ANU has educational policies, procedures and guidelines, which are designed to ensure that staff and students are aware of the University’s academic standards, and implement them. Students are expected to have read the Academic Misconduct Rule before the commencement of their course. Other key policies and guidelines include:

Assessment Requirements

The ANU is using Turnitin to enhance student citation and referencing techniques, and to assess assignment submissions as a component of the University's approach to managing Academic Integrity. For additional information regarding Turnitin please visit the ANU Online website. Students may choose not to submit assessment items through Turnitin. In this instance you will be required to submit, alongside the assessment item itself, hard copies of all references included in the assessment item.

Moderation of Assessment

Marks that are allocated during Semester are to be considered provisional until formalised by the College examiners meeting at the end of each Semester. If appropriate, some moderation of marks might be applied prior to final results being released.

Assessment Task 1

Value: 20 %
Due Date: 01/01/2029
Return of Assessment: 01/02/2029
Learning Outcomes: 1,2,3

Critical Concepts Journal

Assessment Task 2

Value: 30 %
Due Date: 01/01/2029
Return of Assessment: 01/02/2029
Learning Outcomes: 1,2,3

Minor Essay

Assessment Task 3

Value: 50 %
Due Date: 01/01/2029
Return of Assessment: 01/02/2029
Learning Outcomes: 1,2,3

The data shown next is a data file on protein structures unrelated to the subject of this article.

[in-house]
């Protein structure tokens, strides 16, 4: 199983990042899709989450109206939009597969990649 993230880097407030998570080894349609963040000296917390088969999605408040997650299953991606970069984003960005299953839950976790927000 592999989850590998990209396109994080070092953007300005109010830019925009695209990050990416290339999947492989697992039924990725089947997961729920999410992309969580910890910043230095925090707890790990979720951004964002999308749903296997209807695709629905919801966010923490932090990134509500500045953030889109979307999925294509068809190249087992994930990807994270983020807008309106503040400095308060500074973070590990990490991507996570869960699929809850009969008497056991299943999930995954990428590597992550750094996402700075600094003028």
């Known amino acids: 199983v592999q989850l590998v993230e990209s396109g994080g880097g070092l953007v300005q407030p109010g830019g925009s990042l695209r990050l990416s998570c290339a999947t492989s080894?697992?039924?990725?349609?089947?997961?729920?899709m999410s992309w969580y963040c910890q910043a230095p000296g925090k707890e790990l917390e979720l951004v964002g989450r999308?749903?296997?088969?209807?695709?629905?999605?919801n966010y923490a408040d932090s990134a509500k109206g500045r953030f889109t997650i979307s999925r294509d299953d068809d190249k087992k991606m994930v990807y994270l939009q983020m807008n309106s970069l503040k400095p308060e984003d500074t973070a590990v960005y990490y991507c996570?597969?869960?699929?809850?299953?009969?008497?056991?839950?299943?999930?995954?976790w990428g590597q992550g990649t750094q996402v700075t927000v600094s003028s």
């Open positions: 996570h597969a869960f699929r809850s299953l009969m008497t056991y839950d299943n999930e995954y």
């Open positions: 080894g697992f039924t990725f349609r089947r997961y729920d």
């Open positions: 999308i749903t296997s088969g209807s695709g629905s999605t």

Major Essay

Academic Integrity

Academic integrity is a core part of our culture as a community of scholars. At its heart, academic integrity is about behaving ethically. This means that all members of the community commit to honest and responsible scholarly practice and to upholding these values with respect and fairness. The Australian National University commits to embedding the values of academic integrity in our teaching and learning. We ensure that all members of our community understand how to engage in academic work in ways that are consistent with, and actively support academic integrity. The ANU expects staff and students to uphold high standards of academic integrity and act ethically and honestly, to ensure the quality and value of the qualification that you will graduate with. The University has policies and procedures in place to promote academic integrity and manage academic misconduct. Visit the following Academic honesty & plagiarism website for more information about academic integrity and what the ANU considers academic misconduct. The ANU offers a number of services to assist students with their assignments, examinations, and other learning activities. The Academic Skills and Learning Centre offers a number of workshops and seminars that you may find useful for your studies.